Within the democratic system, a publicly elected official, whose duty, as a chairman of a Subcommittee on Privacy, is to look into the privacy issues, decides to hold a hearing and finally get to the truth by inviting key players in the industry.

    I can’t see what could possibly be the more appropriate way to sort this all out; media will continue to spin this the worst possible way (to make the story more dramatic and scary); industry players will either ignore it (Apple), or spin it their own way, and ordinary people will have absolutely NO CLUE what is the actual truth.

    There is a strong possibility that a senate subcommittee hearing can actually properly reveal how little there is to the whole scandal.

    1. I agree. There *are* privacy laws, and there *is* a congressional subcommittee for the review and creation of these laws. Frankin happens to be the chair of this committee. A hearing in this is not out of line, and It is appropriate that Frankin be the one to call for it.

    2. So, the people who do know what’s what, the players, tell a public servant who is clueless, who then will tell the media and the public? Why would that convince me anymore than a direct statement from “the players”, which I already have.

      There’s an even better possibility that they will end up adding this file to the list of things TSA will access during airport security checks?

      Al needs to know who knows, and how much, about his own locations during the election recount.

      Al will be

    3. Except, that in American politics, every issue is a potential vehicle to further party agenda. For example, if you don’t like Obama, then he is the one who “forced” Apple to track your every move so he could give that information to his secret Muslim army. If you’re a Democrat, then Apple is another corporation that seeks to use tracking data to target you with a flood of ads to increase profits.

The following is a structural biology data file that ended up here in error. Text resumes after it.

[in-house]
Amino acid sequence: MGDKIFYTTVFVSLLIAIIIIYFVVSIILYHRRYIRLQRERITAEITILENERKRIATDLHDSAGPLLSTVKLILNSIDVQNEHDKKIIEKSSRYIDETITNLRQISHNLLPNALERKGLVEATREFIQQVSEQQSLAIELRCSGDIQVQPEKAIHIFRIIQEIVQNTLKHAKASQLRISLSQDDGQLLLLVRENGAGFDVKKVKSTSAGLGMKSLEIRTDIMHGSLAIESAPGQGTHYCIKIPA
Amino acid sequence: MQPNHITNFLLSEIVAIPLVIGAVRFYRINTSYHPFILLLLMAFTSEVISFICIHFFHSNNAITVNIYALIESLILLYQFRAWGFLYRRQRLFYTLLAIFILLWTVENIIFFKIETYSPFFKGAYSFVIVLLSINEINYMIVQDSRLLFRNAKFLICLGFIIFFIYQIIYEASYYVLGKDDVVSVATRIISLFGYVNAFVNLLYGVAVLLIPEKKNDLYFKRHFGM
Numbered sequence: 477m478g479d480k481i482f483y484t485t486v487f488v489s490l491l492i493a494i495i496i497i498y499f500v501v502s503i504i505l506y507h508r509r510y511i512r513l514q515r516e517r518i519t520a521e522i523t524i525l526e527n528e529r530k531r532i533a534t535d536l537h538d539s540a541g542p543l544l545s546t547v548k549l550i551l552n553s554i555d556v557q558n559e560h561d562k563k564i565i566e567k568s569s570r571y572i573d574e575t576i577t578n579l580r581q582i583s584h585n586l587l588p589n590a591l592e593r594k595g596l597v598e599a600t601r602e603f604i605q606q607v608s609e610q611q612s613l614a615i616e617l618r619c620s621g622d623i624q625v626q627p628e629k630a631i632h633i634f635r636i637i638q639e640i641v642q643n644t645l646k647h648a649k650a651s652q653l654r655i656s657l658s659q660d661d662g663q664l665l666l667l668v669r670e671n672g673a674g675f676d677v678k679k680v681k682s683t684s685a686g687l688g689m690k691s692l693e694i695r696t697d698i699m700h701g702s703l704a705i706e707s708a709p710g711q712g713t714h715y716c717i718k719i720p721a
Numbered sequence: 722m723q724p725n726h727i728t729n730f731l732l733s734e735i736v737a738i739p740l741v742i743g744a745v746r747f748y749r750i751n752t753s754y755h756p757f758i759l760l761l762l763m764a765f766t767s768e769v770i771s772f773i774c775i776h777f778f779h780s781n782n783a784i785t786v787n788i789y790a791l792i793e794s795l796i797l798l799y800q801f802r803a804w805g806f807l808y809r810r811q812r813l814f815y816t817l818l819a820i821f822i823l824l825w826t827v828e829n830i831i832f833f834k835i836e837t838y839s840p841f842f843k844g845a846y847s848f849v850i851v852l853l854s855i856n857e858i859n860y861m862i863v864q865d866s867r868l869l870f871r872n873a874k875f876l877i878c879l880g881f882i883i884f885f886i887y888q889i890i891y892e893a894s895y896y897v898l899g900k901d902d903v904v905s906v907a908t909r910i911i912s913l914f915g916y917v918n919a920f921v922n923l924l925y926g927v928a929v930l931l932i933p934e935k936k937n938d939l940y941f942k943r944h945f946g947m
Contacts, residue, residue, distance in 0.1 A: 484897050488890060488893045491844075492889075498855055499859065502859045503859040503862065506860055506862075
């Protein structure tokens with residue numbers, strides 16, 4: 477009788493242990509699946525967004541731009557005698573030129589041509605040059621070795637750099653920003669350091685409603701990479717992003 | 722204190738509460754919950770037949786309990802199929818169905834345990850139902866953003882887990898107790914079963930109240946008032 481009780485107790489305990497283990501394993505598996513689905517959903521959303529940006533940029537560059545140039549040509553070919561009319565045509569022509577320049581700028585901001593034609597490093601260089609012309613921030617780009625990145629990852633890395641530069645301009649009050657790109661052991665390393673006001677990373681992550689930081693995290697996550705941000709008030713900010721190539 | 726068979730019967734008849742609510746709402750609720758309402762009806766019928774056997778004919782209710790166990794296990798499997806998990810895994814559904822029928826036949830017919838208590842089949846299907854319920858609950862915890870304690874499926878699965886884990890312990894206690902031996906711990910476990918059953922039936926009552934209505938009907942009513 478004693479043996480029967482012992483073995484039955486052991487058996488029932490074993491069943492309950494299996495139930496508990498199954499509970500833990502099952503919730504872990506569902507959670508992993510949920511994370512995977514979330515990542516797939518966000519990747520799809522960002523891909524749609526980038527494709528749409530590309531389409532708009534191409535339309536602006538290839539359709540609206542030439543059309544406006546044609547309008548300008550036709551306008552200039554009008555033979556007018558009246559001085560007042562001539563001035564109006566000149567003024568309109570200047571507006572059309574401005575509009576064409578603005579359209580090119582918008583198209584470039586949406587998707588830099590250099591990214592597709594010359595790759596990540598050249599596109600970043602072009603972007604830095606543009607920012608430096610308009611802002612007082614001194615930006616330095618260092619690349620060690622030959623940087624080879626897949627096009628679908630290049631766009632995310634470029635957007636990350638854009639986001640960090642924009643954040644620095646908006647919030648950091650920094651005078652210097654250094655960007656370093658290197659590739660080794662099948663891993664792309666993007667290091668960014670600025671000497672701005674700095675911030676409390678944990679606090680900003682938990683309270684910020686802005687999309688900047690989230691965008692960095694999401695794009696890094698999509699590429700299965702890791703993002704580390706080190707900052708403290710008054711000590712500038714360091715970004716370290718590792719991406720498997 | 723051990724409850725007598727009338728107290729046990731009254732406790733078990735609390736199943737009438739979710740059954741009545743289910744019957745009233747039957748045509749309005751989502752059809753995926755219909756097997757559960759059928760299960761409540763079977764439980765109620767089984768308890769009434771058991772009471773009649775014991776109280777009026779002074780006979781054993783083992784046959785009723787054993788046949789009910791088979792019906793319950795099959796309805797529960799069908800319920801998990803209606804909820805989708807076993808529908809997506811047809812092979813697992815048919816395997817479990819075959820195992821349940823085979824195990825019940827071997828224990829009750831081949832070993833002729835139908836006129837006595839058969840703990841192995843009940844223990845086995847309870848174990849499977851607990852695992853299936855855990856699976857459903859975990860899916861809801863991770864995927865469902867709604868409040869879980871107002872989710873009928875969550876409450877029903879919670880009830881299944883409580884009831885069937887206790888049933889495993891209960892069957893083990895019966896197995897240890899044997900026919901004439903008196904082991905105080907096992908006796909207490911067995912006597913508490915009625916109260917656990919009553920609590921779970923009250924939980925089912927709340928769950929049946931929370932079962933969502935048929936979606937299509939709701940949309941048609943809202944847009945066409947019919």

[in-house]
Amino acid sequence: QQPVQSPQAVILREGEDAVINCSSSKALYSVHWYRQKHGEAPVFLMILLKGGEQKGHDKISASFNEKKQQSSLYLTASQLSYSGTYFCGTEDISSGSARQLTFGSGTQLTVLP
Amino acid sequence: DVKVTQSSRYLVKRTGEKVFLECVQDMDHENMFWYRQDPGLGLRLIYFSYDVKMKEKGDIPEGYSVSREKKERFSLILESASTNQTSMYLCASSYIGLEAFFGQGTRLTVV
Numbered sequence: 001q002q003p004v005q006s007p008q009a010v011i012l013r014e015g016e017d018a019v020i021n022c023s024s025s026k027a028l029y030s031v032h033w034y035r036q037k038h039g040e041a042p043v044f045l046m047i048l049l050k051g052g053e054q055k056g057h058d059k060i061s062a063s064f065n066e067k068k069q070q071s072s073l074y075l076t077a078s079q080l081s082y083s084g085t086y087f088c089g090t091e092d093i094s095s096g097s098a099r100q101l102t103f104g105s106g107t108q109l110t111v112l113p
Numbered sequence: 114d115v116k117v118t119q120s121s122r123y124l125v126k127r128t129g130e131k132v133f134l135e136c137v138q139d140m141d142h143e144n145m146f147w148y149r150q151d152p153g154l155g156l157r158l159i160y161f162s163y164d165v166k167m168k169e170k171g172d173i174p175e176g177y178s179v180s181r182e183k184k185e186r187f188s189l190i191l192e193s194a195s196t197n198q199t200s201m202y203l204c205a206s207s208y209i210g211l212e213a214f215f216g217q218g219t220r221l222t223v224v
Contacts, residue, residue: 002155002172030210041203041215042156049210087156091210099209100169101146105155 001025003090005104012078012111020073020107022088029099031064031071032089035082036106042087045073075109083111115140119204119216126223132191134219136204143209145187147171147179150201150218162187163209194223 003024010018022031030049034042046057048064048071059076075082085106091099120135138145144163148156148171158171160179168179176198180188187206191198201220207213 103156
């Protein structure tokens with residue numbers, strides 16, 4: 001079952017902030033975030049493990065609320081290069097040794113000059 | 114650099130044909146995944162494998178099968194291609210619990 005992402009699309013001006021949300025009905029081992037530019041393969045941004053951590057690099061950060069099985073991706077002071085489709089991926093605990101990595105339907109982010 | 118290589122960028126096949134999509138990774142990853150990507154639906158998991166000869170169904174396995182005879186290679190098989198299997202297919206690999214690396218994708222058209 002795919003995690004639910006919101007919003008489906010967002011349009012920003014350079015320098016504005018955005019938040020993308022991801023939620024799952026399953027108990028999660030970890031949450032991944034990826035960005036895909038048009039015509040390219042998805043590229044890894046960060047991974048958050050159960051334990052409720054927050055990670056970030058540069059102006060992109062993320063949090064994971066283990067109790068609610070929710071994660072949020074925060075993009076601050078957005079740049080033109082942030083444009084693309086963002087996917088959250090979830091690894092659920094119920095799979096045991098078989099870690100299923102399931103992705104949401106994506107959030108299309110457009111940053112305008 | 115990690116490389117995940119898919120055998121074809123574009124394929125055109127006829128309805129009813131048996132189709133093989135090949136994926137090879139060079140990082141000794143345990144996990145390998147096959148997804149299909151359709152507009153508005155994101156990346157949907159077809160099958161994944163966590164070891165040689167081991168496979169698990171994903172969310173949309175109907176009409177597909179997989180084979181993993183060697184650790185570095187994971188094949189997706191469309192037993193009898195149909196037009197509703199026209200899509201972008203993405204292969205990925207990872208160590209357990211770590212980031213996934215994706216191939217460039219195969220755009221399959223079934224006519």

4. You may not be an American, but you have a pretty good idea how things are supposed to work in a democracy. More than I can say for half the people posting comments on this board.

      The bottom line is, the backwater media, who isn’t beholding to journalistic ethos plants a story designed to excite (hits) a very narrow segment of society. Without the benefit of first-handknowledge, or any desire to read up on the topic, many “zombies” just go ballistic to the point where the zombie festival draws the attention of the MSM.

      It’s only then, that leaders are forced to deal with the information. It’s too bad, there are so few voices in this vertical news market to quell the BS, before it hits the mainstream press.

      You mentioned earlier about the inane forces at play compelling people to act whether they’re prepared to do so, or not.

      This, like your shareholder/CEO scenario is also one of those occasions. Our congresspeople are being forced to deal with a subject that is, and will be in a state of flux for years to come. But rather than let the market deal with these issues in their own methodical way, government will be forced to intervene and once the Feds get their oafish hands on it, it never turns out good for consumers.

      The corporate lobbyists will usurp our power and demand satisfaction. We make it easy for them, because ignorance usually prevails among sheep.

      In the end, we seem to lose a bit more freedom in the marketplace. Corporate swine use the occasion to undermine consumer satisfaction, which usually equates to a cost-savings, while keeping congress’ indebted feet to the fire, and once again the ignorant and sheepish consumers let something else get taken away.

    5. Ah, as usual Predrag injects a thoughtful, rational viewpoint into the usual mire of anything-political-USA … Which will predictably be ignored by the usual fringe elements who post regularly on this site. Predrag: It is too bad there are not more Americans with your “non-American” clarity and reasonableness of thought.

  2. I would love to see a true debate on a wide array of issues between Al Franken and Mark Steyn.

    These Franken-Steyn forums would be witty, enlightening, challenging, and thought provoking….(plus whatever Al had to say…)